Iran's capital was quiet yesterday after a week of violent protests and counter-protests. But the underlying cause of the unrest -- the yearning among young Iranians for freedom -- remains.
That yearning first registered with the outside world in May 1997, when Iranians rejected the guidance of their conservative clerical leadership and elected as their president Mohammed Khatemi, then a little-known mullah who advanced the shocking view that perhaps Western-style democracy had its merits.
Khatemi, with his radiant smile and familiarity with deTocqueville and other Western thinkers, seemed to herald a new era of openness. But conservatives, who still control the levers of power in Iran's theocracy, fought him at every turn.
So when conservatives in the government shut down a liberal newspaper supportive of the Iranian president, students at Tehran University staged demonstrations that touched off a violent attack by police and hard-line vigilantes. It was the worst unrest since the 1979 Islamic revolution that toppled the pro-American shah.
For now, at least, the fury of the students and their sympathizers has been contained. After initial expressions of support for the protesters, Khatemi sided with the forces of order; on Wednesday, huge crowds massed in Tehran for a carefully orchestrated, pro-government rally that featured chants of "Death to America" and portraits of Iran's supreme leader, Ayatollah Ali Khamenei.
Yesterday, the university dormitories that had been the focal point of the protests were nearly deserted. But student organizers said they would continue to demand the firing of Tehran's police chief, a public trial of two officers who allegedly commanded the attack on the demonstrators, and the return of the bodies of their dead classmates.
To many Americans, Iran remains a mysterious, forbidding land of glowering ayatollahs and mobs chanting slogans against Israel and the West. But that is an incomplete, outdated picture. More than half of Iran's 67 million people are 20 or younger. They have no memory of the revolution led by the late Ayatollah Ruhollah Khomeini or the long hostage-taking ordeal at the U.S. Embassy.
This younger generation is hardly impervious to Western influence. Satellite dishes, while illegal, are widely used by Iranians, who roll them out at night or hide them under "chadors" -- a joking reference to the billowy black robes worn by many Iranian women in public. Bootleg videos of "Titanic" and other Hollywood hits circulate in Tehran within days of their American release. Internet access is available through Iran's version of America Online, a private firm called the Neda Rayaneh Institute for Cultural and Communications Data.
Corruption and economic mismanagement, meanwhile, have undermined popular support for Iran's clerical leadership. So, too, have the excesses of groups such as the Basij, a volunteer force that cruises parks and affluent neighborhoods in search of unmarried couples or mixed-sex parties -- a flogging offense in Iran.
Many young people in Iran say they still support the Islamic system of government. But they also yearn for more openness and accountability on the part of their leaders. And they want the government out of their personal lives.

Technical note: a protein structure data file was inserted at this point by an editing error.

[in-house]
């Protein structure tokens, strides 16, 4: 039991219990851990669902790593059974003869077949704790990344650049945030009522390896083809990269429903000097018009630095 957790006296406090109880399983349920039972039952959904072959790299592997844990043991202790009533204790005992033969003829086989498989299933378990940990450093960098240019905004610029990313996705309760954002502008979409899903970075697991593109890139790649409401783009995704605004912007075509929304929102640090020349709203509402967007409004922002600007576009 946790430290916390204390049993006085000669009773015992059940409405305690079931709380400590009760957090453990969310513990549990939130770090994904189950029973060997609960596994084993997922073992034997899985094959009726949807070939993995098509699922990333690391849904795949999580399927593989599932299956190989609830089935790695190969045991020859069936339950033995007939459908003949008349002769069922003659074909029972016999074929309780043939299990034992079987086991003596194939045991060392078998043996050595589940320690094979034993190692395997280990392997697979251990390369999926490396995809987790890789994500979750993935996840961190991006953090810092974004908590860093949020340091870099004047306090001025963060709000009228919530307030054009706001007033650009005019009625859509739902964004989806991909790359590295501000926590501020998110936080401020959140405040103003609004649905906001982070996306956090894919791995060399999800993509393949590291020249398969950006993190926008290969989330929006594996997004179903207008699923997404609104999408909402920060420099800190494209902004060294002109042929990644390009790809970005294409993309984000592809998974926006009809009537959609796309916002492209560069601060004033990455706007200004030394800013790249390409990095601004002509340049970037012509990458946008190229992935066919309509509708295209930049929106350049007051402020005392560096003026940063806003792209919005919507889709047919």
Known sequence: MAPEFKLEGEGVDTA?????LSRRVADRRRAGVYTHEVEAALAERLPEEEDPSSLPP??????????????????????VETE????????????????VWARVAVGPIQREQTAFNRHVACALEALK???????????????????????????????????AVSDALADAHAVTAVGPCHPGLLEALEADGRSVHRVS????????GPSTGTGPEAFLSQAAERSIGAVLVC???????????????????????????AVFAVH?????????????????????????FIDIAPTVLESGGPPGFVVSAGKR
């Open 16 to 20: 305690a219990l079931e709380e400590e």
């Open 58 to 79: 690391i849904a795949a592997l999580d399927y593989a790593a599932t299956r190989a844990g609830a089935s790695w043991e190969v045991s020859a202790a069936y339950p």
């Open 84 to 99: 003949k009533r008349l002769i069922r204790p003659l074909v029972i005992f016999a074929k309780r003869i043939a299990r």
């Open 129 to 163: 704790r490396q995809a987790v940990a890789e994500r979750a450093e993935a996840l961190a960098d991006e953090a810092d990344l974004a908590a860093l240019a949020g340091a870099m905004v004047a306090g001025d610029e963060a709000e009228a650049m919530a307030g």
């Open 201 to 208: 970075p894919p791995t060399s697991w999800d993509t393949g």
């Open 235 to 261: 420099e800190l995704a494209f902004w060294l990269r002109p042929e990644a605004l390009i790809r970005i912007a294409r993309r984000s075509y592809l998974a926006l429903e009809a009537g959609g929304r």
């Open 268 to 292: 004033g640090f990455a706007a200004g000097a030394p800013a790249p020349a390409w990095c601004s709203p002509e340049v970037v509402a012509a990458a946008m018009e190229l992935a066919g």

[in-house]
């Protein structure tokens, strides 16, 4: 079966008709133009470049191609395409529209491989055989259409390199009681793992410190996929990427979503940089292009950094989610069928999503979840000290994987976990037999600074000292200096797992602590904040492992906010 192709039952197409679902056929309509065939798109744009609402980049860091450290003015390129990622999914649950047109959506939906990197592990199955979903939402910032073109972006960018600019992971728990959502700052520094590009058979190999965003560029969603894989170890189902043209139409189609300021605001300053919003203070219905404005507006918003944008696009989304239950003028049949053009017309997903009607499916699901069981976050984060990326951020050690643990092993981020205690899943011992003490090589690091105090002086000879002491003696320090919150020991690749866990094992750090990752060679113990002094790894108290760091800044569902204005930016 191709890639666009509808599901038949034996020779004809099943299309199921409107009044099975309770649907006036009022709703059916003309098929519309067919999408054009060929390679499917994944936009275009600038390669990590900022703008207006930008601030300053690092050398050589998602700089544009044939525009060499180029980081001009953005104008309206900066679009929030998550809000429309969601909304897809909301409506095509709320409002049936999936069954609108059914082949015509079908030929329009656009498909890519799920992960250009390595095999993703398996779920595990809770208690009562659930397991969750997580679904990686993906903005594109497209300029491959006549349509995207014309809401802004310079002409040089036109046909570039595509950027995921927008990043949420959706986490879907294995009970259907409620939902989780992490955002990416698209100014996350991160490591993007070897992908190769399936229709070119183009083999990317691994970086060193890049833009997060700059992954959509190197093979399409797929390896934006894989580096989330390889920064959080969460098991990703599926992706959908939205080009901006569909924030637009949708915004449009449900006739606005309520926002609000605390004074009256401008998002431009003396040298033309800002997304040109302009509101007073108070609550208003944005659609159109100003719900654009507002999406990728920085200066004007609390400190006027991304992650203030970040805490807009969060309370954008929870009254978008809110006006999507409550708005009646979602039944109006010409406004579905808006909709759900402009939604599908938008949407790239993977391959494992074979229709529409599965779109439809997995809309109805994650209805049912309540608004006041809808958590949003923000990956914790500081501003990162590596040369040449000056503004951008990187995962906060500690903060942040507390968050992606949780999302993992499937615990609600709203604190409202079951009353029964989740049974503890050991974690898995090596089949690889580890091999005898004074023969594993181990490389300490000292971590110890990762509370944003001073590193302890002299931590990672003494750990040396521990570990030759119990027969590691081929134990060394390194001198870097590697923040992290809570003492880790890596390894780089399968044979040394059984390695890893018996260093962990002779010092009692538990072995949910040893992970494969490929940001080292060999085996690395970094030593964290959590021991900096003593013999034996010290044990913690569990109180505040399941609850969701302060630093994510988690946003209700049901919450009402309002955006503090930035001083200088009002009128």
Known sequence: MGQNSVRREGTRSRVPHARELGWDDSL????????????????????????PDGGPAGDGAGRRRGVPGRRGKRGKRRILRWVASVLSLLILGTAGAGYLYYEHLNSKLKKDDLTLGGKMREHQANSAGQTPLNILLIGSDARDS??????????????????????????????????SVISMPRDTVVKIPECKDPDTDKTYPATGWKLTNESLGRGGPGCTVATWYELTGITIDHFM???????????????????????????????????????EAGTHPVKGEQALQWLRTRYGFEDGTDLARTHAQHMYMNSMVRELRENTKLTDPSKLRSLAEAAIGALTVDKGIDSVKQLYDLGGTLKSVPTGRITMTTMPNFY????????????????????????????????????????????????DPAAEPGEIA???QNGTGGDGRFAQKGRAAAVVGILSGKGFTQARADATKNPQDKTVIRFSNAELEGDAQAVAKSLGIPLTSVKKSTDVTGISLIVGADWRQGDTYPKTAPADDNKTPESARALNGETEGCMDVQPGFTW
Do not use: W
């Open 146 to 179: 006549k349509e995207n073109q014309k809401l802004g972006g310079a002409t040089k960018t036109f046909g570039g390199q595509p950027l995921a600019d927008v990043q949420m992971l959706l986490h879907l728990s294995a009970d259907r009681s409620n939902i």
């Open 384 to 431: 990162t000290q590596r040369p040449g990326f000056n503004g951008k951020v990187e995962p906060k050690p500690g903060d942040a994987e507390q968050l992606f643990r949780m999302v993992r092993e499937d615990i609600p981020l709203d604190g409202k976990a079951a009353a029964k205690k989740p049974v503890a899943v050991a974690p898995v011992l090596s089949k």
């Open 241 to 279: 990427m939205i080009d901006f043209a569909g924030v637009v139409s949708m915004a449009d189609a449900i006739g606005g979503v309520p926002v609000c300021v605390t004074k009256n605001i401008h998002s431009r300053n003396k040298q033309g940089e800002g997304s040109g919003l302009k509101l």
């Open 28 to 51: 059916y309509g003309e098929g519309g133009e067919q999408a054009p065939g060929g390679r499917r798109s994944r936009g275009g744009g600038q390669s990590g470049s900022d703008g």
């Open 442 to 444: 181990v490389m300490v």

In 1997, those forces converged behind Khatemi, a former culture minister who was driven from that post by hard-liners in 1992. While Khatemi's presidential campaign did not directly confront the religious establishment, his emphasis on civil society and the rule of law struck a chord with young people and women, who handed him an overwhelming victory over the candidate favored by Khamenei, the unelected supreme leader.
Khatemi's victory has resulted in small, halting, but nonetheless significant changes. Censorship of books and movies has eased. The social atmosphere is more relaxed, to the point where many women now feel comfortable wearing fingernail polish or showing a bit of hair beneath their head scarves. After a big win by Iran's national soccer team in the fall of 1997, young men and women danced in the streets as rock music blasted from car stereos and police looked on helplessly.
This past February, pro-Khatemi reformers captured roughly 80 percent of the vote in nationwide elections for municipal councils -- an outcome hailed as a major step toward true representative democracy in Iran.
Yet the conservative backlash -- led by clerics who decry the influence of "rappers and West-struck youth" -- has been powerful and persistent. Reluctant to directly confront the popular president, hard-liners who still dominate the judiciary and security ministries have targeted surrogates such as former Tehran mayor Gholamhossein Karabaschi, a key Khatemi backer recently jailed on corruption charges. Dissident writers have been murdered. And Khamenei has publicly challenged Khatemi's call for better relations with the West.
Frustration with the slow pace of social change, coupled with Iran's continuing economic woes, prepared the ground for the latest unrest. According to news reports from the Iranian capital, residents joined students in chanting, "We don't want a government of force, we don't want a mercenary police," outside the gates of Tehran University. Others shouted, "Army brothers, why kill brothers?" -- a slogan used 20 years ago by demonstrators against the shah.
Khatemi initially expressed sympathy for the students. But as the protests deteriorated into rioting, he was forced to defend the system of which he remains a part. The question now is whether Khatemi -- or anyone -- will be able to control the forces his election set in motion.